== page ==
Reeling Tour de France enjoys scandal-free day
CASTELSARRASIN, France (Reuters) - Battered and bruised, the Tour de France successfully came through Thursday with further mishap after the 17th stage to Castelsarrasin started without a race leader and two teams.
Dane Michael Rasmussen was dramatically sacked by Rabobank on Wednesday after the Dutch team said he had lied about his training whereabouts in June.
Rabobank said Rasmussen told them he was training in Mexico in June while he was actually in Italy and therefore decided to kick him out.
"Rabobank is shocked and enormously disappointed that Rasmussen has lied about his whereabouts," the team said.
Rasmussen denied being in Italy.
"I am shattered," Rasmussen told Danish tabloid BT. "I am on the verge of tears. I was not in Italy. Not at all. That's the story of one man who believes he recognized me. There is no hint of evidence."
Rabobank described the episode as "a dark page" in their history but decided that the rest of the team would continuing in the race.
The team's sponsors said on Thursday Rabobank was carrying out extra doping tests on its riders at the Tour and that it had already decided to do so before Rasmussen's dismissal.
"The cyclists are not under suspicion, but as a sponsor, we want to be absolutely sure that our team is competing in good health," said Thomas van Rijckevorsel, a member of the Rabo Cycling Team's supervisory board.
It also emerged that Rasmussen had received two warnings from the UCI, the second on June 29, for failing to provide the sport's governing body with his training whereabouts. According to the sport's rule book, he should not have even started the Tour.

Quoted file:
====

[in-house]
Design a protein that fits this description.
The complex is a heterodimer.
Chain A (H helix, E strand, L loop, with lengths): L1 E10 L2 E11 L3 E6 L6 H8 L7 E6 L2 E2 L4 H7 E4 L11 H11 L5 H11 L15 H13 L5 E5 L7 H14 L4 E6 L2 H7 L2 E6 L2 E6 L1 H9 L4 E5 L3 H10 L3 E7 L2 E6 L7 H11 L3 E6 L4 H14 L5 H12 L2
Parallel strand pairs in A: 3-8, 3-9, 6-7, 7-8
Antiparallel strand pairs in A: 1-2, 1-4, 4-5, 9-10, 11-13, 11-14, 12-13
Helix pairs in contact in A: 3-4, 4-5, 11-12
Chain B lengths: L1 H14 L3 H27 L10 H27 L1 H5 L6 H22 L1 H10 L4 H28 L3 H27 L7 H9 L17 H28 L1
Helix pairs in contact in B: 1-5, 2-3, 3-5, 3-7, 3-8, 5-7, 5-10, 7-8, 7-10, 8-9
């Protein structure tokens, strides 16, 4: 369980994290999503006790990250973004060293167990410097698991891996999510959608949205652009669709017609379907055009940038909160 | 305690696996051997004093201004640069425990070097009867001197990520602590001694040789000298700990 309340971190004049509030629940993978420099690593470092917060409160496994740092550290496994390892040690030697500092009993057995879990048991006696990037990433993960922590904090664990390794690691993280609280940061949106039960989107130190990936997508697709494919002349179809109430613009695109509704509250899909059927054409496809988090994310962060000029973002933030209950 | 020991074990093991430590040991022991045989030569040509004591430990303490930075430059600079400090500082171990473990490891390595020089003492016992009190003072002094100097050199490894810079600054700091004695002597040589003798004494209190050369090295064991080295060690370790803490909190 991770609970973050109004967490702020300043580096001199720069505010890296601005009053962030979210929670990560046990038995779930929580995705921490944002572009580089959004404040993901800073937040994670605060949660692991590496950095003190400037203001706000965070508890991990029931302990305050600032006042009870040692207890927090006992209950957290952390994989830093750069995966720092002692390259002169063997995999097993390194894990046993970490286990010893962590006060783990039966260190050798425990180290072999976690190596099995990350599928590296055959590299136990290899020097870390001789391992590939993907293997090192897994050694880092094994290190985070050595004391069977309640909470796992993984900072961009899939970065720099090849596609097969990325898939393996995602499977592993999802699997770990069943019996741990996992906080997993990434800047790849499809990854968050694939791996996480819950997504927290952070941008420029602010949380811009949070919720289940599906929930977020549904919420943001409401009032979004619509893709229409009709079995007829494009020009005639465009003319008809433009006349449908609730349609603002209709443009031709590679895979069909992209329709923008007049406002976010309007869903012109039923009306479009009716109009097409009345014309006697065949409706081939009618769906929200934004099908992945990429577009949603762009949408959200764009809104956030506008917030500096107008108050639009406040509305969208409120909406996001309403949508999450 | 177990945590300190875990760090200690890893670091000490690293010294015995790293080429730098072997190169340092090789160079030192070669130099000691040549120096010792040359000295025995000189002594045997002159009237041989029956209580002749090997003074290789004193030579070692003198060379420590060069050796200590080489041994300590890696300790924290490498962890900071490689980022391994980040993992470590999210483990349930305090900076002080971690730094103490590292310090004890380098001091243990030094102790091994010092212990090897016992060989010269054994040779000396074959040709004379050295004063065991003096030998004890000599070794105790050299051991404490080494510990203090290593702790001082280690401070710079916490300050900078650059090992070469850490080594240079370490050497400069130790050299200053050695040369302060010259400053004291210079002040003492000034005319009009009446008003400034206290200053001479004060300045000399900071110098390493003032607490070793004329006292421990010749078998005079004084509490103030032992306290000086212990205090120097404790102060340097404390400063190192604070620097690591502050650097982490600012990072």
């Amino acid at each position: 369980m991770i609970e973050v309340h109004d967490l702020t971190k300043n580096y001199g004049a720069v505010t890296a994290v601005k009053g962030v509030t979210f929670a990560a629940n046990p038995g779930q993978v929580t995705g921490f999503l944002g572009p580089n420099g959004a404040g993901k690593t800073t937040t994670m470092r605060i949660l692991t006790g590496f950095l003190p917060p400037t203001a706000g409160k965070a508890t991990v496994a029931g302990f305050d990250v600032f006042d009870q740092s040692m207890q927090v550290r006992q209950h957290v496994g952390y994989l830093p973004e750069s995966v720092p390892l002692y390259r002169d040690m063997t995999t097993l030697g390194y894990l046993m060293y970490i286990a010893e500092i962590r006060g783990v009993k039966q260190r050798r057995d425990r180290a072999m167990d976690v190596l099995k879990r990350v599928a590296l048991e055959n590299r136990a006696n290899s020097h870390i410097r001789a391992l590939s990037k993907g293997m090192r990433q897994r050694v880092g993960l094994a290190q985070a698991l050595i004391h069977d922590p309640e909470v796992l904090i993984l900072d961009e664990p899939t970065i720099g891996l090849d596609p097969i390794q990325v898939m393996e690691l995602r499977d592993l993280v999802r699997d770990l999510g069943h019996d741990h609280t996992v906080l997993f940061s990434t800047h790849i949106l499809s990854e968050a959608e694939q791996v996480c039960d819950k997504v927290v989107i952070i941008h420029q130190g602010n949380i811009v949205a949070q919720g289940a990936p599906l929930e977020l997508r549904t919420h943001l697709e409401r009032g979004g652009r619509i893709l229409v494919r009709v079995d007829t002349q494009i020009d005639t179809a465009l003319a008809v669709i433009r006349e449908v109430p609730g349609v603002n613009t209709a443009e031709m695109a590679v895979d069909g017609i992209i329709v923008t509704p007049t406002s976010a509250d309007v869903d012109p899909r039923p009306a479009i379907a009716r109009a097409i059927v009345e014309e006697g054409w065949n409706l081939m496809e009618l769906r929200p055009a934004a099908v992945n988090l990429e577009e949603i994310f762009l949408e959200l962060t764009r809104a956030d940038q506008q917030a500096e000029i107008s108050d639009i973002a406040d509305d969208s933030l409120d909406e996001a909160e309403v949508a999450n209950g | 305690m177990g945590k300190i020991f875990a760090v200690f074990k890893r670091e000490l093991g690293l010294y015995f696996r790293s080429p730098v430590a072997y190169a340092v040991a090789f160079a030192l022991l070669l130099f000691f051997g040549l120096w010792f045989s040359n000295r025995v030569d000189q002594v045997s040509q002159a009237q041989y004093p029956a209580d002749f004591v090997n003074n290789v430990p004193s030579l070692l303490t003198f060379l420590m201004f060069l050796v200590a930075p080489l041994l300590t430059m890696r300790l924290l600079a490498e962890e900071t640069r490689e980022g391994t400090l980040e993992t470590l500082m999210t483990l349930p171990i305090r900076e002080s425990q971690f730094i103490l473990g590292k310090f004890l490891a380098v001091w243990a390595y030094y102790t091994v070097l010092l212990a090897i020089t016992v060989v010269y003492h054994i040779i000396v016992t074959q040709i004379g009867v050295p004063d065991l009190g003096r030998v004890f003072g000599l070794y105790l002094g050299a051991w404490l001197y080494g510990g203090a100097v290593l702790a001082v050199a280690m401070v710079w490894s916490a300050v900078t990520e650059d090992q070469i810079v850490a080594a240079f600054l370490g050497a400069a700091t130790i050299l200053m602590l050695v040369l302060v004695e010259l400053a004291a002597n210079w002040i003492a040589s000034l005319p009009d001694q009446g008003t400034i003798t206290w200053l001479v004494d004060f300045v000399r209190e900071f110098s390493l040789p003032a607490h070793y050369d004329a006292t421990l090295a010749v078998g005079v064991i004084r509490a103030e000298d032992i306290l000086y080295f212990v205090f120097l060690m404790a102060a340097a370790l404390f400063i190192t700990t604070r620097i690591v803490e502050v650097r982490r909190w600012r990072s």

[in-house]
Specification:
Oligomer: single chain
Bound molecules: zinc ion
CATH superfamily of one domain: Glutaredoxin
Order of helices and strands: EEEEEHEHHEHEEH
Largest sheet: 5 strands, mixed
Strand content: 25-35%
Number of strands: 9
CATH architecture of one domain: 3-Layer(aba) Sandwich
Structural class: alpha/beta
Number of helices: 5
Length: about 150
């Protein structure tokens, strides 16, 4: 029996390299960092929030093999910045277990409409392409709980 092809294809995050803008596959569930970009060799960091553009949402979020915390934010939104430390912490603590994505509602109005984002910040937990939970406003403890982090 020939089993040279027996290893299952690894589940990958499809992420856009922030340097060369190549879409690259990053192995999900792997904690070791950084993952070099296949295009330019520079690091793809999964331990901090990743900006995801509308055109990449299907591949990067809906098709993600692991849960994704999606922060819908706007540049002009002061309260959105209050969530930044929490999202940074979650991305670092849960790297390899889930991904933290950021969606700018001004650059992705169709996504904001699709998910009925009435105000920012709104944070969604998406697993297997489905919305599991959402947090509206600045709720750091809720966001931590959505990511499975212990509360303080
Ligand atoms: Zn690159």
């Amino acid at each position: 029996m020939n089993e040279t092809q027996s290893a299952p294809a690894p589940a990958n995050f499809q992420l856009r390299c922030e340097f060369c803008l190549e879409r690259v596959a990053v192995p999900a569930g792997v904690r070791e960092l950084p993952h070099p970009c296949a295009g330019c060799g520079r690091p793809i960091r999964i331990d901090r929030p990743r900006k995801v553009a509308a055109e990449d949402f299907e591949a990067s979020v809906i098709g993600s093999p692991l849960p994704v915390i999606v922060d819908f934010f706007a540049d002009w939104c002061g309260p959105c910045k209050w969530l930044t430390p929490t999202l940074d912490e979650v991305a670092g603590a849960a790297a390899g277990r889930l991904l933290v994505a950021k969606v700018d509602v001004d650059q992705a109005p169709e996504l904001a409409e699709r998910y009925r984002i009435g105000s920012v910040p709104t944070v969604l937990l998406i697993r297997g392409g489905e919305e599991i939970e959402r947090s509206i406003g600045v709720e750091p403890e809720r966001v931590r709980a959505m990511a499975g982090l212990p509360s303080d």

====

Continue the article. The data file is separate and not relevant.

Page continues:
"In a case of a recorded warning or a missed test in a period of 45 days before the start of a major Tour, the rider is not allowed to participate in that Tour," UCI Cycling Regulations state.
UCI president Pat McQuaid said cycling's governing body planned to delete this rule at its next meeting.
"In Mr Rasmussen's case, he has had a test in the 45-day period before the start of the Tour de France," McQuaid told Reuters.
"We have thought that the article 220 was too harsh. If a rider provides his training whereabouts 24 hours too late, he faces the risk of being deprived of a major Tour.
Tour de France director Christian Prudhomme welcomed the news of Rasmussen's sacking.
"This is the best piece of news we've had in the last eight days," Prudhomme told a news conference.
Rasmussen's dismissal was the latest blow to the Tour's credibility, coming soon after the announcement of positive dope tests on pre-race favorite Alexander Vinokourov and Italy's Cristian Moreni.
Vinokourov's Astana team and Moreni's Cofidis have both pulled out of the race.
After Rasmussen's departure the yellow jersey passed to Spain's Alberto Contador who, because of race rules, had to wait until the end of the stage to wear it.
- Merkel says tightening Ukraine-Russian border is key to peace deal |
- Restraint marks Ferguson, Missouri protests for third straight night |
- Gaza gunmen execute 'collaborators'; mortar kills Israeli boy |
- U.S. says Russia must pull convoy from Ukraine or face more sanctions |
- U.S. hostage rescuers dropped from night sky: Syria activist